Origins of a Gardener

My first experiences with gardening were with my Grandpa Dwight. He had a wonderful, large garden in his backyard. When you first came out the back door of his house, past the screen door, there was a covered patio with various chairs, and my favorite, the porch swing. I remember often swinging there alone, all stretched out, or sitting with siblings or cousins, and rocking for what seemed like hours. The swing smelled of dust and outdoors, musty, and made me feel comfortable and at ease. I think Grandma Betty recovered the swing with new fabric a few times over the years. Sometimes the fabric was soft and cozy, some variations were cool and crisp and even crunchy. I loved all the versions once I got used to them.
Grandpa Dwight as a young farm boy.
Grandpa Dwight as a young farm boy.

Past the patio was an expanse of lawn and off to one side, an island shaped flower bed that my grandmother tended. I paid little heed to the lawn, or even the flower bed. My attention was always drawn by the edible garden.

Grandpa always laid his garden in rows, beginning at the edge of the lawn and extending back to the chain link fence at the back of the property, beyond which was a grass and weed alley of sorts, a no man’s land for 15 feet or so before the neighboring property began. At the back corner of the property was a two story shed which was so worn and rickey that I always wondered when it would come crashing down. For that reason, I avoided entering it when possible. The one time I remember entering it, it was dim, with shards of light streaming in from gaps in the weathered wood planks that made the walls. Cobwebs crisscrossed the corners and edges, dust particles floated in the streams of light. Old rusty tools and junk were stacked and tucked everywhere. I believe that shed eventually did come down, perhaps torn down by man or the wind.

Grandpa built his own irrigation system for the garden rows with 5 gallon buckets. I never cared to know the details of his system as a child, but I surely wish to know them now. We only entered his garden when invited, and we were only invited to help, usually with the harvest. He kept Grandmother busy during the growing season with all manner of fruits and vegetables to preserve. We often found her canning in the kitchen. My favorites from her canned goods were canned cherries, which you pitted as you ate, and her grape juice concentrate. Both stained everything they came in contact with, both a luscious treat to my young taste-buds.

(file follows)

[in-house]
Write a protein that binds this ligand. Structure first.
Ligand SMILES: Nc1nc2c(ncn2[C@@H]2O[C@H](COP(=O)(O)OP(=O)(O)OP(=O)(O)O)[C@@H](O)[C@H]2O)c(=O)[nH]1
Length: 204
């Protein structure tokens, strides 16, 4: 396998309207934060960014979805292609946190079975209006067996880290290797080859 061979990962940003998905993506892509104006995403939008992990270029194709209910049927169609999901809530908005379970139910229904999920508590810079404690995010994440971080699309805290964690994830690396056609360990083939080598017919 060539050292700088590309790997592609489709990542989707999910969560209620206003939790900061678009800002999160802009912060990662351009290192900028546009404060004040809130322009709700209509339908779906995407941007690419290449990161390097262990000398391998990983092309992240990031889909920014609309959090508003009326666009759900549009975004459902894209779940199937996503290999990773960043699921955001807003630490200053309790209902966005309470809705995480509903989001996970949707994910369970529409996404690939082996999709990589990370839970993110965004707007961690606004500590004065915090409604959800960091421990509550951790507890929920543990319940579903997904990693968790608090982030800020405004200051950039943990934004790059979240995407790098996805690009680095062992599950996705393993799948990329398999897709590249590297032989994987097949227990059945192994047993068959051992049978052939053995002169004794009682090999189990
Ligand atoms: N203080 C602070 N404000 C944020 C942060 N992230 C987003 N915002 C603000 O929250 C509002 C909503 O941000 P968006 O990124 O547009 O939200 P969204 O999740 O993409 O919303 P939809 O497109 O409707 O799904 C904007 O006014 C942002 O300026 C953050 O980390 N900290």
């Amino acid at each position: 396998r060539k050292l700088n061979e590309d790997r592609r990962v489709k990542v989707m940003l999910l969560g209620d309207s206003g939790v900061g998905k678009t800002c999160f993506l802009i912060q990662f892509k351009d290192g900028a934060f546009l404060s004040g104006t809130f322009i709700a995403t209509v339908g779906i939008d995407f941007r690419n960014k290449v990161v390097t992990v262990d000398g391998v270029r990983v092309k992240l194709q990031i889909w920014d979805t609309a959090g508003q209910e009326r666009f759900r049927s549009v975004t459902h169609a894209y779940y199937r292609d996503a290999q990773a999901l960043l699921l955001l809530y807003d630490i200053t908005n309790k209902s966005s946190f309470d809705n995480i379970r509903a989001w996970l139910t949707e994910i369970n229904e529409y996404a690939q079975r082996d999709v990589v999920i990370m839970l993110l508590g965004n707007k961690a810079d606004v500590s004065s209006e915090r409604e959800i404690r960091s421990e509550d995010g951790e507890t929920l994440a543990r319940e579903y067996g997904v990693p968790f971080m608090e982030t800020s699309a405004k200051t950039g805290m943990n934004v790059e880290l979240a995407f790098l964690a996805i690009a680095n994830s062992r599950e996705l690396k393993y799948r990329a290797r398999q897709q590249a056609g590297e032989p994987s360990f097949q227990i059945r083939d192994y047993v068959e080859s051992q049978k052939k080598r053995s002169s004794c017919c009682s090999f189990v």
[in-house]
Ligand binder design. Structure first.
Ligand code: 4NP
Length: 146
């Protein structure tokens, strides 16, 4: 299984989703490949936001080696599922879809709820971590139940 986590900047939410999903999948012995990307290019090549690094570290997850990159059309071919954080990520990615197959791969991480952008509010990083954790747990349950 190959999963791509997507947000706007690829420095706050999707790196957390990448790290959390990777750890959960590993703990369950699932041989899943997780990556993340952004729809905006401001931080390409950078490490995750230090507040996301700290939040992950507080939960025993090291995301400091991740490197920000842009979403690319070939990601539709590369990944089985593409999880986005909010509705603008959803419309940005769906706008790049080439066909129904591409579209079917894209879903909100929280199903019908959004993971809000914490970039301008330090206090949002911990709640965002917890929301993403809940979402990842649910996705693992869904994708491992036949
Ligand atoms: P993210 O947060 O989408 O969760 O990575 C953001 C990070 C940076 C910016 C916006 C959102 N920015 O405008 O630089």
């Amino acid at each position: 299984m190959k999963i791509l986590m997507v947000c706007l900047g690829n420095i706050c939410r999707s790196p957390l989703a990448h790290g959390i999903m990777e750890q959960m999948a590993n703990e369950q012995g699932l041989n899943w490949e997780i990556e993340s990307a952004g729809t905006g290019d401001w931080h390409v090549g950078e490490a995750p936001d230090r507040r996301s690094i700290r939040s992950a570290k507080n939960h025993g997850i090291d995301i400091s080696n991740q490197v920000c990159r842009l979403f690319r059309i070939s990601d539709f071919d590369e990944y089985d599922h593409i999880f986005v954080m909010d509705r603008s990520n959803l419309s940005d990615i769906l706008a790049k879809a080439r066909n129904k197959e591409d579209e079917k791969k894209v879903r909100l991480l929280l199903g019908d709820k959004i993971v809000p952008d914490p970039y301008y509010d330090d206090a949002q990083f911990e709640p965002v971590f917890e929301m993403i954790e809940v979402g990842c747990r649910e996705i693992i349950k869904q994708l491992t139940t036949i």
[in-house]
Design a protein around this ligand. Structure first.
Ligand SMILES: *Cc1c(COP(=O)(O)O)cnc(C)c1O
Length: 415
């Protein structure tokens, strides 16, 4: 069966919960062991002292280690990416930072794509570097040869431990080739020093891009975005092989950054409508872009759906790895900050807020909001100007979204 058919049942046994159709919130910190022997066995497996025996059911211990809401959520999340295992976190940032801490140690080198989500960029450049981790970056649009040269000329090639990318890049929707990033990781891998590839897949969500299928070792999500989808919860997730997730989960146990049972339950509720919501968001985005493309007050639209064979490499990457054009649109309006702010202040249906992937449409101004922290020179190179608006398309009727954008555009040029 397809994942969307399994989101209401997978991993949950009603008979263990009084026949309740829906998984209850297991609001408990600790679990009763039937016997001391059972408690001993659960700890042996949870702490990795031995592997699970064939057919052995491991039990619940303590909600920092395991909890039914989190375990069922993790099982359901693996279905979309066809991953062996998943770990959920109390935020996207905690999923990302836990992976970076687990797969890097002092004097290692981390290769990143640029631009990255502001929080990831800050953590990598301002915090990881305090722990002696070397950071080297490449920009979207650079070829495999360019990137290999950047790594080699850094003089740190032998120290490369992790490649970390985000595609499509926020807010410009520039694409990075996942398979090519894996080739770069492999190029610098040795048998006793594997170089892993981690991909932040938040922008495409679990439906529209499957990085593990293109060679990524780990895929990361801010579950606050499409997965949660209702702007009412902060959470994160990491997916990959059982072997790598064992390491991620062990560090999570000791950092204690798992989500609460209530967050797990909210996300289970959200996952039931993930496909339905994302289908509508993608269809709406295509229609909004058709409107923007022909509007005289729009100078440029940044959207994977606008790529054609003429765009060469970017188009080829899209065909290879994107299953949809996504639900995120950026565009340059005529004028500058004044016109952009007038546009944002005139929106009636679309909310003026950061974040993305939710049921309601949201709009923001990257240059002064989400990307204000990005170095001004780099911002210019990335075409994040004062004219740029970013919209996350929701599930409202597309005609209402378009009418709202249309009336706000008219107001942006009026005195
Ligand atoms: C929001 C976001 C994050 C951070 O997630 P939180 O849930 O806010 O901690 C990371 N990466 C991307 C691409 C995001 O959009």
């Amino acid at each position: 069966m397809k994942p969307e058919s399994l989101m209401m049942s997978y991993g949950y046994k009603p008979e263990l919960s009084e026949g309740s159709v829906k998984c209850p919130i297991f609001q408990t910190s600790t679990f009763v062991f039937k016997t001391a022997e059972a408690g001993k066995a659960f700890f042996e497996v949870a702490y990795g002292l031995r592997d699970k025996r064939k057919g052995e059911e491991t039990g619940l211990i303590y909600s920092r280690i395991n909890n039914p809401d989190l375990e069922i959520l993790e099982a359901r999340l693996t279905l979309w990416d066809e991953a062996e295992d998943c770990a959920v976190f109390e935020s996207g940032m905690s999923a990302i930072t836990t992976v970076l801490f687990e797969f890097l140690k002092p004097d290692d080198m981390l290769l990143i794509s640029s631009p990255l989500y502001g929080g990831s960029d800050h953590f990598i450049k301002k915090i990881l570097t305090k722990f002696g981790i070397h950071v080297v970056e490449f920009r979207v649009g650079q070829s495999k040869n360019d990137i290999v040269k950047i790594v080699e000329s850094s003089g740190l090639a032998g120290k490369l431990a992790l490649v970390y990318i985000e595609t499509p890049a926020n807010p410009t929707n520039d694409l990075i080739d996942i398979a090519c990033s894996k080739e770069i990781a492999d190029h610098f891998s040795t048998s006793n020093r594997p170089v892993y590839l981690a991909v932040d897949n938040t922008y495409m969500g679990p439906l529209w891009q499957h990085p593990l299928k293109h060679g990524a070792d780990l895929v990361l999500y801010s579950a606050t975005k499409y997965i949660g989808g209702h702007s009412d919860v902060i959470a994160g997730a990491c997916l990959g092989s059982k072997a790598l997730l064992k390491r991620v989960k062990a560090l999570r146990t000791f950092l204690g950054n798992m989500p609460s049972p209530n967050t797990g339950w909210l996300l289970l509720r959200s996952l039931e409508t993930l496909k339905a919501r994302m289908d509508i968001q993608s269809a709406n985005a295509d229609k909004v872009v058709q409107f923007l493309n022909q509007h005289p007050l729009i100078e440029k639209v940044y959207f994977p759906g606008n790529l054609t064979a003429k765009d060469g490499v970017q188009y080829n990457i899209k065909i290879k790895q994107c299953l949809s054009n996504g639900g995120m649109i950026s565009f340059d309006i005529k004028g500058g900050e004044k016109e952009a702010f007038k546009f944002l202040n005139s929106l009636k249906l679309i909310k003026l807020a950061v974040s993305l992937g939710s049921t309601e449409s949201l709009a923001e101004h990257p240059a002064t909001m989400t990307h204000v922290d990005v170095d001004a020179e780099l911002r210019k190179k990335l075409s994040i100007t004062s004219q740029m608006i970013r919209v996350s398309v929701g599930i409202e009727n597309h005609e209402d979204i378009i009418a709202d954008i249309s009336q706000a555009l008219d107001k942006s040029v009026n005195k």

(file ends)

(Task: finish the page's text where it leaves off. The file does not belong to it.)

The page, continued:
Past the straight rows of vegetables, in front of the rickety shed, were the fruit trees and bushes. I have particular memories of the raspberry and blackberry bushes which we were invited to help harvest often. Grandpa fashioned harvesting buckets for us out of plastic gallon milk jugs with the top cut off, a rope strung through the handle to tie on like a belt. Each harvest helper received one of these buckets. Although we were pricked often by thorns, the only stains I remember on our hands were from the juice of berries. I believe I, and all the other children who helped, ate as many berries as they placed in the harvest buckets. It was wonderful, to skinny down the rows, trying not to get your clothes caught on thorns, reaching in as far as you dare for the ripe berry just out of easy reach. I felt at ease there, found great pleasure and beauty in the joy of the harvest.
It seemed a natural extension of my experiences in my grandfather’s garden for me to want to have my own garden. My mother often had us try to grow a large vegetable garden at home, too. We always put in a great effort in spring, tilling a large rectangle in the back of the yard, then forming rows, planting many, many packets of seeds. But, then summer wore on, and the garden was forgotten, until we would notice it again in fall when it was full of 6 foot tall weeds.
By junior high and high school, I preferred to dabble in gardening independently, focusing on a strawberry patch along the back wall of our house, and planting carnations near the front door.
During college and the first 4 years of married life, I had little opportunity for gardening. I sincerely missed that connection with the earth and nature though. I think that longing showed in many ways. My husband found it amusing that I would pull apart beautiful garden photo calendars and paste the photos all over our apartment, especially in the kitchen area, where the lack of a window seemed so wrong to me. I spent much of the day outside in good weather, playing in the sand or taking walks with my small children, observing the changes of the plants and flowers around the college campus and near our apartment. I did try to grow flowers in a small planter box outside our apartment door, alas, it did not receive any direct sunlight, and was a complete failure.
Once we bought our first home, I could not wait to start my very own garden!

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